52 Shows, 52 Weeks: #11 30 Rock

Because of Tina Fey’s two recent—and of course brilliantly entertaining—articles in The New Yorker, I have been reflecting on my 30 Rock experience.

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With 30 Rock, Tina Fey has blended wry irreverence, sharp cultural awareness, and earnestness in a way that I wish I could fully wrap my head around, let alone do something with.  I have such a creative crush on Tina Fey.  You know how in creative writing courses, sometimes you write original stories in the style of some other work or author?  I can’t even write something in the style of 30 Rock, let alone come up with my own style that reveals Tina Fey’s influence while somehow being entirely my own.  (That is my dream, but comedy is hard so I will stick with stories about sad bisexual women.)

We’re in the midst of 30 Rock’s fifth season, and our love has settled into that stage of a relationship where we start to take each other for granted.  We don’t mean to; it’s just that after four and a half years of awesome, I’ve stopped being overwhelmingly excited by 30 Rock.

Maybe 30 Rock is not as good as it used to be.  It’s impossible for me to get that kind of perspective.  The TV landscape has changed since this show that if it is exactly like it always was, I wouldn’t be able to tell because the things around it have changed.  When 30 Rock premiered, I had never seen anything like it.  Those first two seasons were nothing short of magic.  It had that freshness that every single new TV show covets.  In fact, it is entirely possible that 30 Rock set such a high standard that the show itself can’t even meet it consistently.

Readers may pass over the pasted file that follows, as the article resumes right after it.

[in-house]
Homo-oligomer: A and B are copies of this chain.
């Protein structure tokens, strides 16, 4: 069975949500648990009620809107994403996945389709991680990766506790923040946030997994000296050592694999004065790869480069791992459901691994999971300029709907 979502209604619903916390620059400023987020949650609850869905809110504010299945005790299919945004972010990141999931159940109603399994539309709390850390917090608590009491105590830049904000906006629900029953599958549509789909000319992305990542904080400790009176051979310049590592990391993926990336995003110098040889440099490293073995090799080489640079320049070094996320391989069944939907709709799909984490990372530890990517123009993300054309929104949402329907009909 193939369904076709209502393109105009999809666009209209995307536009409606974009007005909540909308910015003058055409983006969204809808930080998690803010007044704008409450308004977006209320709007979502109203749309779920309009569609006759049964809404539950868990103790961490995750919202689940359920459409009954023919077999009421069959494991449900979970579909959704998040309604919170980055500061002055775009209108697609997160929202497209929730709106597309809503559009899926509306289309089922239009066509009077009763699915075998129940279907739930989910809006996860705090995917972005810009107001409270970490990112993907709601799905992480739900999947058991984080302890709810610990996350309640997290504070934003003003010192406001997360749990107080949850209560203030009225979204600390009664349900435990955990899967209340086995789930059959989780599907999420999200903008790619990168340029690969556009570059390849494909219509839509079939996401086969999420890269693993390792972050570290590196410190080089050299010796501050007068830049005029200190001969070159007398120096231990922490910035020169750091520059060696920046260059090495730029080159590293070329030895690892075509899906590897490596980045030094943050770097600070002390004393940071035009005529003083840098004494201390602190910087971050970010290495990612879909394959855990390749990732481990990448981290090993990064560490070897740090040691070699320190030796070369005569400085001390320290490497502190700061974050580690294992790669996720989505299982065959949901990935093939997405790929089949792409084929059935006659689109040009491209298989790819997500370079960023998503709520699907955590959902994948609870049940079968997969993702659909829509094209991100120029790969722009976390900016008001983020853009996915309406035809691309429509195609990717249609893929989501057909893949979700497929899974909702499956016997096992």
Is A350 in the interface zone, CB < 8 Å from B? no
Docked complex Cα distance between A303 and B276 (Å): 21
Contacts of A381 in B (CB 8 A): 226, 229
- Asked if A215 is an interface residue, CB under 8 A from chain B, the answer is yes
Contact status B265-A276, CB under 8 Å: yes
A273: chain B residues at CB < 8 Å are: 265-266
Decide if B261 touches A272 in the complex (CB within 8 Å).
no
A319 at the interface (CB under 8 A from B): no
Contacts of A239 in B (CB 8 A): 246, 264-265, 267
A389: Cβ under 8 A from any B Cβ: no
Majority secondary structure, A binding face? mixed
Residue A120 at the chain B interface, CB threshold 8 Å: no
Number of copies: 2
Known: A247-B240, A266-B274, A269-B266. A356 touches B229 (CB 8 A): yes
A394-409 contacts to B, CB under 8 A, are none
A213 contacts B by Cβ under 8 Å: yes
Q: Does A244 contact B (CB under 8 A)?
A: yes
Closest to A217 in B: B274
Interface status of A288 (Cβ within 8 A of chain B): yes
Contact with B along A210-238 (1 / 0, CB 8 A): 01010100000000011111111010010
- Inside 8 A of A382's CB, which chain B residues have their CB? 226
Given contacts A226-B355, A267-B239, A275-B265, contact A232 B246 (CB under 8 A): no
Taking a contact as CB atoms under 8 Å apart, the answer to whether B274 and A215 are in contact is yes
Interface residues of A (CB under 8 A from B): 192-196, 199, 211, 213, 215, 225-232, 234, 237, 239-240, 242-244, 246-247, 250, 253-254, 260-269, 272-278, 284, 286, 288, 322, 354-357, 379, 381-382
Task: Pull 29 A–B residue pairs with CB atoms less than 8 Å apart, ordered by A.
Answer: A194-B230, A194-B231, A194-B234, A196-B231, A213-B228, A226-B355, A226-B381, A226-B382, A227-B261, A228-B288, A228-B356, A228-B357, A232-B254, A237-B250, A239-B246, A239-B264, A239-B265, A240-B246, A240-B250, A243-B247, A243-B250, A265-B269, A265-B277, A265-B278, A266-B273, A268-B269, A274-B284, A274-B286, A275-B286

Liz Lemon is a unique blend of my favorite kind of female TV character (neurotic, clever, bright, smart, articulate, emotionally weird) and some incarnation of a single, more professionally successful me.  She doesn’t wear the suits that my lawyers and executives wear; instead she wears pants and “bicurious shoes” that I myself might actually wear.

Right?

And then there is the infatuation with sandwiches. Look at this amazing mashup of Liz demanding her sandwich that someone made:

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You can see why I am drawn to this character.

Of course Liz is also the sort of feminist who actually says the word feminist and points out when things are antifeminist.  It’s hard to avoid conflating Tina Fey and Liz Lemon, but is such a distinction necessary?  Tina Fey isn’t the sort of performer/writer whose real life personality needs to be kept separate.  The more I know about her, the more I like her.  We can’t pretend that 30 Rock‘s success isn’t due largely to Tina Fey’s work there so if we sometimes forget that Tina Fey is a married person with a child rather than a single person who lives alone in an apartment where she eats cheese in the middle of the night, so what?